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You are hereHarvey-LeeHomeHarvey-LeeWeb ExhibitionsHarvey-LeeWoodstock 'Why Antiques?' Introduction

The significance of prints as collectable works of art – or
Why collect artists’ original prints ?
Woodstock Museum "Why Antiques?" exhibition, in association with
CADA, the Cotswolds Art & Antique Dealers’ Association

This mini web exhibition is for those who cannot get to the Museum of Oxfordshire in Woodstock to visit in person the current didactic show there, in which I am participating, by thirteen members of CADA (the Cotswolds Art & Antique Dealers’ Association), entitled “Why Antiques?” The small group of prints offered here are the examples I have selected to ‘demonstrate’ why collectors might be passionate about prints.

Elizabeth Harvey-Lee | Exhibition at the Woodstock Museum

As with paintings and drawings, artists’ prints are of course collected because of an admiration for the artist who produced them, for the appeal of their subject matter and an appreciation of their aesthetic qualities.

Prints also embody other characteristics specific to the medium. They combine the immediacy of the artist’s autographic touch, with the completeness of a fully worked out ‘perfected’ composition, for changes can be made to the plate or block till the artist is satisfied with the proof impressions and even sometimes in the midst of printing the ‘edition’.

Spanning over five centuries prints offer a wide variety of style, subject and process of production but hang comfortably together and complement each other, whatever their date, for there is a consistency as well as variety in the printmaking techniques and themes chosen by artists.

Some of the greatest painters of the Western world have also been enthusiastic printmakers, including Dürer, Rembrandt, Claude, Canaletto, Goya, several of the French Impressionists and German Expressionists, Picasso and many others. Etching became a passion with British artists and collectors at the beginning of the 20th century. Collecting prints allows access to works by such ‘famous’ artists, in that they are relatively affordable in price and being multiples are relatively available. Though part of a multiple series, each impression is an original work by the artist, who has only made the plate to be able to print from it.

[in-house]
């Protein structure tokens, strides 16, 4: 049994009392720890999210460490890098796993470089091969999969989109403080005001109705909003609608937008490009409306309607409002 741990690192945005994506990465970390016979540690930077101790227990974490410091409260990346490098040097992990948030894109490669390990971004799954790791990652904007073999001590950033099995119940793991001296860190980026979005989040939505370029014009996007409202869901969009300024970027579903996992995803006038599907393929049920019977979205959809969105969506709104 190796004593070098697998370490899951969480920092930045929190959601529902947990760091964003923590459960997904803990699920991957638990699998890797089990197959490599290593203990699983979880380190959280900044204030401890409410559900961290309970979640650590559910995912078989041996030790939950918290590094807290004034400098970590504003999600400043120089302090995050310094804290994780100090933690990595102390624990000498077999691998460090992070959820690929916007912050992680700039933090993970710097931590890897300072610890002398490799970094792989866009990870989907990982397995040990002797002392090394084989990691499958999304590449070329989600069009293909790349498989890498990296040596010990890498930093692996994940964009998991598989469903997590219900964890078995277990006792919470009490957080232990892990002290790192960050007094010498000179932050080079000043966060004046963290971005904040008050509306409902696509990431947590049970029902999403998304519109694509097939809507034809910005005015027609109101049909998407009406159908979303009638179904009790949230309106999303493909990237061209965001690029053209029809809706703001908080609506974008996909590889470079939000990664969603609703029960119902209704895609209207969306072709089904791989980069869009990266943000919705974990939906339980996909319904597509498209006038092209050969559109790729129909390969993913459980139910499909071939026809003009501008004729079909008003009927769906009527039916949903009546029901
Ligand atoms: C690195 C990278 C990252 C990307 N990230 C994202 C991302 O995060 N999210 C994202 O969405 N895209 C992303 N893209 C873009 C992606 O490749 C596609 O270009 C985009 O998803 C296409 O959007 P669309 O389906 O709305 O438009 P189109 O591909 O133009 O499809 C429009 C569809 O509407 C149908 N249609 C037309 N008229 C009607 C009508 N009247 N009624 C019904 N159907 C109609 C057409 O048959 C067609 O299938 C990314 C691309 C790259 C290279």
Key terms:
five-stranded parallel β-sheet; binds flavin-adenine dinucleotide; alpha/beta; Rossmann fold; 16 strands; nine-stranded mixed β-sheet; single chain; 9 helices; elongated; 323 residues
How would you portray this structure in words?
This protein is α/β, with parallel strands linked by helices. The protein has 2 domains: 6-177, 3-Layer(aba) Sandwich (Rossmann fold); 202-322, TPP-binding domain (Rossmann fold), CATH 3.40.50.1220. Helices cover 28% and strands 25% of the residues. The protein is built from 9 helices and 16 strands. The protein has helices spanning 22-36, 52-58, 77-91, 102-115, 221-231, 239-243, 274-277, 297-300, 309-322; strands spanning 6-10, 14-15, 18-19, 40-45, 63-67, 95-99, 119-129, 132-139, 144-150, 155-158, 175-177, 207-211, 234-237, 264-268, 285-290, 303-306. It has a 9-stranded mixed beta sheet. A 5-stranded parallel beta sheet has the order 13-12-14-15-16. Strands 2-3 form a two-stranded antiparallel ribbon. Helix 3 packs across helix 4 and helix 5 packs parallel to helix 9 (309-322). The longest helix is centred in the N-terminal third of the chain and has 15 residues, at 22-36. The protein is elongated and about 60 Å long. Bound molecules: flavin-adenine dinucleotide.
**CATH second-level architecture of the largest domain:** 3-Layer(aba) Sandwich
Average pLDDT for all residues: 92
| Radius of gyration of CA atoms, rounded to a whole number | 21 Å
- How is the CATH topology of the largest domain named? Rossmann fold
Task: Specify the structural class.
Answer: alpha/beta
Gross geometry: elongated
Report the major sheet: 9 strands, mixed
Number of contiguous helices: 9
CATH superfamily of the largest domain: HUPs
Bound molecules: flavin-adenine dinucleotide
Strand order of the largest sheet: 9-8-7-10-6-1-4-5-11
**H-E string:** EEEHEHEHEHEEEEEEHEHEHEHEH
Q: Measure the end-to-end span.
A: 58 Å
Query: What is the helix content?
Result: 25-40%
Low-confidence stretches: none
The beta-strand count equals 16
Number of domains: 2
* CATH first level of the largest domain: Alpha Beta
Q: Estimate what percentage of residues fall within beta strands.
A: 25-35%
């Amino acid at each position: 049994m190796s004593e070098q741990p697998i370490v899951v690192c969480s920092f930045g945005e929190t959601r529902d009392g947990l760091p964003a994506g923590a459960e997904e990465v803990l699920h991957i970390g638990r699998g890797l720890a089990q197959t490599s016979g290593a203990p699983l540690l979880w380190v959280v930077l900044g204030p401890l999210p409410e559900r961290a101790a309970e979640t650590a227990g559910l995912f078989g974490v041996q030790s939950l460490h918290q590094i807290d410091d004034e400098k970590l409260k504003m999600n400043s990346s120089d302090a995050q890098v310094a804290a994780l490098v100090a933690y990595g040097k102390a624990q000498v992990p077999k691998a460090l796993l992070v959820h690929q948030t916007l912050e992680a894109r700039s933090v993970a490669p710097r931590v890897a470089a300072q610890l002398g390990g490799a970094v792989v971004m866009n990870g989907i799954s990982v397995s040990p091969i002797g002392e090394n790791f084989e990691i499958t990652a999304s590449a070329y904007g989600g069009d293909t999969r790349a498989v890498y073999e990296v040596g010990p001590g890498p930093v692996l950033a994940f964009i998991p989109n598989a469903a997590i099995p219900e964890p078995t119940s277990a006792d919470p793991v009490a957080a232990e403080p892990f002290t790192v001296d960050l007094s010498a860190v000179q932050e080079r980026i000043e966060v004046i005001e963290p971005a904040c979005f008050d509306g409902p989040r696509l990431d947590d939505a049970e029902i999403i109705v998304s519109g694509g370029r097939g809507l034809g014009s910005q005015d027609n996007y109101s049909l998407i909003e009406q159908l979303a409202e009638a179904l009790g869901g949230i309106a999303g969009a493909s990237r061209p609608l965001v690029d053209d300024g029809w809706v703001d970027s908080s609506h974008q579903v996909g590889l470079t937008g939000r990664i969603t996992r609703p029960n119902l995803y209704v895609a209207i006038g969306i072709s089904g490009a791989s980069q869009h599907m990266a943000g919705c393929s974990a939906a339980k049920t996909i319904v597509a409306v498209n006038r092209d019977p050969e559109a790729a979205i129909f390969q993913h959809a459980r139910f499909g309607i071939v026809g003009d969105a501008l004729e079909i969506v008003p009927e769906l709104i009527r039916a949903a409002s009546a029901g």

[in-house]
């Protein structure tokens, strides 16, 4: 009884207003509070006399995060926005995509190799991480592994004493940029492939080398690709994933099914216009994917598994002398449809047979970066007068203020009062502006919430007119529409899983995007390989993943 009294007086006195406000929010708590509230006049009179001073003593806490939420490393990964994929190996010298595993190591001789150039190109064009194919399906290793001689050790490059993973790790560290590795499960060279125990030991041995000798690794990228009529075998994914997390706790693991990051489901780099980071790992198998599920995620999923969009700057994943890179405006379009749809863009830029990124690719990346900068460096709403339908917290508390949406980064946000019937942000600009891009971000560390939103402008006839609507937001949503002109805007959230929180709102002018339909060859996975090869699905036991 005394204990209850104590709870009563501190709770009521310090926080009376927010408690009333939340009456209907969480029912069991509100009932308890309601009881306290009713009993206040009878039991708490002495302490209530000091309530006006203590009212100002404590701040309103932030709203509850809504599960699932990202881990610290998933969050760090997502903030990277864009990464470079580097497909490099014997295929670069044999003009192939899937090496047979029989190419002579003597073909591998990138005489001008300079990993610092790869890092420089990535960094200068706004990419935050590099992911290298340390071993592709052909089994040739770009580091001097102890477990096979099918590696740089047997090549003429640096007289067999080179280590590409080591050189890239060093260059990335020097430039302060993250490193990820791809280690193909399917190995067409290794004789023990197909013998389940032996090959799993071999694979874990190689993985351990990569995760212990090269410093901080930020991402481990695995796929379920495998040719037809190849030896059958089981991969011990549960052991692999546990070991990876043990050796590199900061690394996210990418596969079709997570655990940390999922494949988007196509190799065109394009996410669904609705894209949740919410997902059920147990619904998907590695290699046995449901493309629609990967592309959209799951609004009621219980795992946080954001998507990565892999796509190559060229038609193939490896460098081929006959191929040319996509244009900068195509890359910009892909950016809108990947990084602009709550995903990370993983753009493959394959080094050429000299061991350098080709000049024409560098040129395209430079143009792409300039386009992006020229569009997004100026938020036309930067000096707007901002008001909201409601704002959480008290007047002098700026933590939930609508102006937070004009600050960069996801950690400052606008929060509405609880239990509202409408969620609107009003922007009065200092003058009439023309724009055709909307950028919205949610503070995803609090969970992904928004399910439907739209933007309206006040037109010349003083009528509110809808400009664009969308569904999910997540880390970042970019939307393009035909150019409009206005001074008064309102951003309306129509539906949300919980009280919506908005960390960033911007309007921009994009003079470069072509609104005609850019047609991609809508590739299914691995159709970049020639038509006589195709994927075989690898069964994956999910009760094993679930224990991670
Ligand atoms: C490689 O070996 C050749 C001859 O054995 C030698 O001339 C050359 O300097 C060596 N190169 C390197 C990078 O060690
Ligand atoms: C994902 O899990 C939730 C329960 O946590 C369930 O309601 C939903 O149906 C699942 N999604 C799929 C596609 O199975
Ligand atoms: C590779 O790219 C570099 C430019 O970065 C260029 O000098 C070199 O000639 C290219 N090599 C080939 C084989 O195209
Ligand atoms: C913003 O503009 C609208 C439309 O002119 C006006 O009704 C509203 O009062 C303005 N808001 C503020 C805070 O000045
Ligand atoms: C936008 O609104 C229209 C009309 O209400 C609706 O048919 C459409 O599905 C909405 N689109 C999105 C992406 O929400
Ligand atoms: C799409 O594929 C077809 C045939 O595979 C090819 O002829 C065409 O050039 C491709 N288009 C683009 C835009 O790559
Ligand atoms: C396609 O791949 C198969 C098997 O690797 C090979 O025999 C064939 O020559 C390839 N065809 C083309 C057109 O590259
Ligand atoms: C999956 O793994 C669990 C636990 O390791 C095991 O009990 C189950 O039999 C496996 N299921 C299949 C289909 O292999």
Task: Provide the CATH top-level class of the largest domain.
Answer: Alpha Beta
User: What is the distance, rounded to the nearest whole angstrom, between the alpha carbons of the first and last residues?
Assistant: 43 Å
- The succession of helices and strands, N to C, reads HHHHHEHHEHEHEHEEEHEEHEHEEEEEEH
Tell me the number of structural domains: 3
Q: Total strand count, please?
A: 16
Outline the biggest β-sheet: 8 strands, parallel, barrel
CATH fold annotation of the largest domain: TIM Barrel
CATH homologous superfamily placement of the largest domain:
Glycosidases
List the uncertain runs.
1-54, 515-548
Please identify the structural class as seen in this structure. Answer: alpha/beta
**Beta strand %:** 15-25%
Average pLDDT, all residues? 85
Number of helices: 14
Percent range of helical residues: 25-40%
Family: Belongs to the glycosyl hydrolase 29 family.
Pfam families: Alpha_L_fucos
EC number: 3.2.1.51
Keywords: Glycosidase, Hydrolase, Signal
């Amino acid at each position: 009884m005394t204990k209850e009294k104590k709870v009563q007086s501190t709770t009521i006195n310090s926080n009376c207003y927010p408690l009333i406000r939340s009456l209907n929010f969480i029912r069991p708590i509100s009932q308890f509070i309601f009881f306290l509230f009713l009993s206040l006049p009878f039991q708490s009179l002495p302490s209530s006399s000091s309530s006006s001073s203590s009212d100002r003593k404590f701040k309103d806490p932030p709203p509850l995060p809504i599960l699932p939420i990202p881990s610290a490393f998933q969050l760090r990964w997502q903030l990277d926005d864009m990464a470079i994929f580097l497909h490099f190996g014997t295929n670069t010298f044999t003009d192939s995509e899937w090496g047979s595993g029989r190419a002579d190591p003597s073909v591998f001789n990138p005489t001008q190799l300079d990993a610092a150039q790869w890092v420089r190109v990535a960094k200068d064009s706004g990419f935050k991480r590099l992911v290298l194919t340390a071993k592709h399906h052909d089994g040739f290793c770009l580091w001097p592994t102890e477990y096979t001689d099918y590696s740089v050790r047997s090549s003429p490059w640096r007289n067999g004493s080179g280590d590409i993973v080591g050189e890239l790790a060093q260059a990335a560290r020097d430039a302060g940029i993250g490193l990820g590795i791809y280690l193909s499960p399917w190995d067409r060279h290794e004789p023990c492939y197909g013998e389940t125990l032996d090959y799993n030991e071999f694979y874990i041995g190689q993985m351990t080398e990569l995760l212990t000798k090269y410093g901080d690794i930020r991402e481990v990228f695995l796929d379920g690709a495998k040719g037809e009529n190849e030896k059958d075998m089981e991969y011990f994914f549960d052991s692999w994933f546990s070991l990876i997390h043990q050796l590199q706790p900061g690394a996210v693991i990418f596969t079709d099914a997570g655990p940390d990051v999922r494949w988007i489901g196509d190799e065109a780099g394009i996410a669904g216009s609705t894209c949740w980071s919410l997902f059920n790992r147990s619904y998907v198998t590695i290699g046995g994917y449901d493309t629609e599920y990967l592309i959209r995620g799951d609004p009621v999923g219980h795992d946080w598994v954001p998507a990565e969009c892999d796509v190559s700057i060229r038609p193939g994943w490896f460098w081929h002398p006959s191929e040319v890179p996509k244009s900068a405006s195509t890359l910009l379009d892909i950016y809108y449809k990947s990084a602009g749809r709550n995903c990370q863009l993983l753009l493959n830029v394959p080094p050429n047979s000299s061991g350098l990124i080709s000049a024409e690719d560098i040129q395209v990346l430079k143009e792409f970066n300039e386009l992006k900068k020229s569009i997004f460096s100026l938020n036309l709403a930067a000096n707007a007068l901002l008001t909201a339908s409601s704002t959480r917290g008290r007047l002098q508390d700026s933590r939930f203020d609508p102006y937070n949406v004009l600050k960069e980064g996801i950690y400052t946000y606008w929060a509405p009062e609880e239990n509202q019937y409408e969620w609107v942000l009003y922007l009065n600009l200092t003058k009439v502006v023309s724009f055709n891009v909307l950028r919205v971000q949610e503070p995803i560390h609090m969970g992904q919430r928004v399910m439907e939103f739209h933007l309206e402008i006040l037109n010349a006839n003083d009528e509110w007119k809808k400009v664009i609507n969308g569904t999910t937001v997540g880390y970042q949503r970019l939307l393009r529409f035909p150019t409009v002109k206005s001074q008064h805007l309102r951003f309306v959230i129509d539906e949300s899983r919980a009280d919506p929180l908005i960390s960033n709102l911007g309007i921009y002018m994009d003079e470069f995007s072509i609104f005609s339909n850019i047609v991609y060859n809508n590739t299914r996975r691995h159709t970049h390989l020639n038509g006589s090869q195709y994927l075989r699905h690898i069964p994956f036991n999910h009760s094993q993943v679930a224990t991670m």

Elizabeth Harvey-Lee | Cotswold Arts & Antiques Dealers Association

The small group exhibited have been chosen to represent most of the different processes employed by printmakers; each of which has a distinctive quality of line or tone only achievable in that particular technique. Here are comparative examples, created between 1499 and 1980, of line engraving, etching, drypoint, aquatint, woodcut, wood engraving, lithography and monotype.

That some artists choose the ‘contradictory’ technique of monotype perhaps best illustrates that printmaking is not primarily about being able to multiply images but that the printed work of art has a special quality of its own, distinctive from that inherent in a drawing or painting.

Monotype is a printmaking technique which, in principle, only allows a single impression, destroying the ‘matrix’ in the very process of printing it.

The image having been created by manipulating the printing ink itself on a metal or glass plate, in printing is transferred to paper, thereby largely disappearing from the plate and surviving only as a unique printed impression.

In common with the other printmaking processes the act of printing the impression onto paper, ‘stamps’ the image with an added permanence and significance.

Elizabeth Harvey-Lee | Exhibition at the Woodstock Museum

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The Exhibition

To view the entire Exhibition, print-by-print, click this link and then follow the prints through the Gallery by using the "next print >" and "< previous print" navigation buttons. Alternatively, you can select an individual print from its thumbnail or title in the list below.

Elizabeth Harvey-Lee | Exhibition at the Woodstock Museum | Durer, Ecce Homo   ALBRECHT DÜRER
Ecce Homo

Woodcut, c1498-1500
Elizabeth Harvey-Lee | Exhibition at the Woodstock Museum | Canale, Landscape

Landscape with a Woman at a Well

Etching, c1745

Elizabeth Harvey-Lee | Exhibition at the Woodstock Museum | Pissarro, Paysage en Long   CAMILLE PISSARRO
Paysage en Long

Aquatint with Etching, 1879
Suzanne Valadon, Marie au Tub s’épongeant. Original drypoint   SUZANNE VALADON
Marie au Tub s’épongeant

Drypoint, 1908.
Elizabeth Harvey-Lee | Exhibition at the Woodstock Museum | Whistler, The Butcher's Dog JAMES McNEILL WHISTLER
The Butcher’s Dog

Lithograph, 1896
Elizabeth Harvey-Lee | Exhibition at the Woodstock Museum | Butler, The Scyther GEORGE EDMUND BUTLER
The Scyther
Monotype, 1911
Elizabeth Harvey-Lee | Exhibition at the Woodstock Museum | Dix, Balanceakt   OTTO DIX

Drypoint, c1922
Elizabeth Harvey-Lee | Exhibition at the Woodstock Museum | Sutherland, The Sluice Gate   GRAHAM SUTHERLAND
The Sluice Gate

Etching, c1924
Elizabeth Harvey-Lee | Exhibition at the Woodstock Museum | Lindsay, The Demon   LIONEL LINDSAY
The Demon

Wood Engraving, 1925
Elizabeth Harvey-Lee | Exhibition at the Woodstock Museum | Anderson, The Wayfarer STANLEY ANDERSON
The Wayfarer

Engraving, 1941
Elizabeth Harvey-Lee | Exhibition at the Woodstock Museum | Poole, Dry September   MONICA POOLE
Dry September

Wood engraving, 1980
CADA   The Cotswold Art & Antique
Dealers’ Association
Elizabeth Harvey-Lee